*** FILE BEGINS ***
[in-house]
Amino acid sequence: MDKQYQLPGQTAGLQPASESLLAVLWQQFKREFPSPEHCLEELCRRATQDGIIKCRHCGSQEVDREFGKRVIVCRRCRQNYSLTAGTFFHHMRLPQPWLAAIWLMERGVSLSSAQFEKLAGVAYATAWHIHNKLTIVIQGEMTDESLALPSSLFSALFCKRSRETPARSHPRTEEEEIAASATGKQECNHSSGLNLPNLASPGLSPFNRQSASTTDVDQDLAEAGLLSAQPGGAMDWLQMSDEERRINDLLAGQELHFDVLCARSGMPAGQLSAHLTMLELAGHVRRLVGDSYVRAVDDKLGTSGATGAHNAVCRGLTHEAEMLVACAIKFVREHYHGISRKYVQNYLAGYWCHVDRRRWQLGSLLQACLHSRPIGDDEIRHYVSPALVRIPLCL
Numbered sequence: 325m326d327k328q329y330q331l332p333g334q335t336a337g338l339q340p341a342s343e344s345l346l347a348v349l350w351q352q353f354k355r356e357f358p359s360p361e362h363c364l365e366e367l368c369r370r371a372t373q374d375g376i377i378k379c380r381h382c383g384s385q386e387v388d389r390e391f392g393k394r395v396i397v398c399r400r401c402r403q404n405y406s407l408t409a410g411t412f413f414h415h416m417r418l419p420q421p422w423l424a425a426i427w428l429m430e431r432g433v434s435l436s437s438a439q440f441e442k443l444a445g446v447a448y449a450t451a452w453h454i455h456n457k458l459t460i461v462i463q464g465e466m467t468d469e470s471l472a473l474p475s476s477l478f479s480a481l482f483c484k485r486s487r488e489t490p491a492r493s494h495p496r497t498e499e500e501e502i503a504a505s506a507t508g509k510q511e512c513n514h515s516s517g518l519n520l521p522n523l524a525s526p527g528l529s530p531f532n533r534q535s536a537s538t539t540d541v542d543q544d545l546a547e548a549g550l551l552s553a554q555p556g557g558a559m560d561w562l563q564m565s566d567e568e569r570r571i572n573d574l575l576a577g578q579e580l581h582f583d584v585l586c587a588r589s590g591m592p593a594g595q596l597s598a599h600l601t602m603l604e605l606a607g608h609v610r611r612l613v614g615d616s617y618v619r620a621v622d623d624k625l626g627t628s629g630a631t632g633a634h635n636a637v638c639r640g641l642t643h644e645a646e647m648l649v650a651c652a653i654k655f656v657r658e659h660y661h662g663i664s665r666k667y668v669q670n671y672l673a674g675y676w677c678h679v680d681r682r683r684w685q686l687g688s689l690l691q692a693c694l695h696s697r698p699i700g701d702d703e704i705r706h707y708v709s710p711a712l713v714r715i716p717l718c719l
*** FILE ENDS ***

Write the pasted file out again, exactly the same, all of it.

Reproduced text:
[in-house]
Amino acid sequence: MDKQYQLPGQTAGLQPASESLLAVLWQQFKREFPSPEHCLEELCRRATQDGIIKCRHCGSQEVDREFGKRVIVCRRCRQNYSLTAGTFFHHMRLPQPWLAAIWLMERGVSLSSAQFEKLAGVAYATAWHIHNKLTIVIQGEMTDESLALPSSLFSALFCKRSRETPARSHPRTEEEEIAASATGKQECNHSSGLNLPNLASPGLSPFNRQSASTTDVDQDLAEAGLLSAQPGGAMDWLQMSDEERRINDLLAGQELHFDVLCARSGMPAGQLSAHLTMLELAGHVRRLVGDSYVRAVDDKLGTSGATGAHNAVCRGLTHEAEMLVACAIKFVREHYHGISRKYVQNYLAGYWCHVDRRRWQLGSLLQACLHSRPIGDDEIRHYVSPALVRIPLCL
Numbered sequence: 325m326d327k328q329y330q331l332p333g334q335t336a337g338l339q340p341a342s343e344s345l346l347a348v349l350w351q352q353f354k355r356e357f358p359s360p361e362h363c364l365e366e367l368c369r370r371a372t373q374d375g376i377i378k379c380r381h382c383g384s385q386e387v388d389r390e391f392g393k394r395v396i397v398c399r400r401c402r403q404n405y406s407l408t409a410g411t412f413f414h415h416m417r418l419p420q421p422w423l424a425a426i427w428l429m430e431r432g433v434s435l436s437s438a439q440f441e442k443l444a445g446v447a448y449a450t451a452w453h454i455h456n457k458l459t460i461v462i463q464g465e466m467t468d469e470s471l472a473l474p475s476s477l478f479s480a481l482f483c484k485r486s487r488e489t490p491a492r493s494h495p496r497t498e499e500e501e502i503a504a505s506a507t508g509k510q511e512c513n514h515s516s517g518l519n520l521p522n523l524a525s526p527g528l529s530p531f532n533r534q535s536a537s538t539t540d541v542d543q544d545l546a547e548a549g550l551l552s553a554q555p556g557g558a559m560d561w562l563q564m565s566d567e568e569r570r571i572n573d574l575l576a577g578q579e580l581h582f583d584v585l586c587a588r589s590g591m592p593a594g595q596l597s598a599h600l601t602m603l604e605l606a607g608h609v610r611r612l613v614g615d616s617y618v619r620a621v622d623d624k625l626g627t628s629g630a631t632g633a634h635n636a637v638c639r640g641l642t643h644e645a646e647m648l649v650a651c652a653i654k655f656v657r658e659h660y661h662g663i664s665r666k667y668v669q670n671y672l673a674g675y676w677c678h679v680d681r682r683r684w685q686l687g688s689l690l691q692a693c694l695h696s697r698p699i700g701d702d703e704i705r706h707y708v709s710p711a712l713v714r715i716p717l718c719l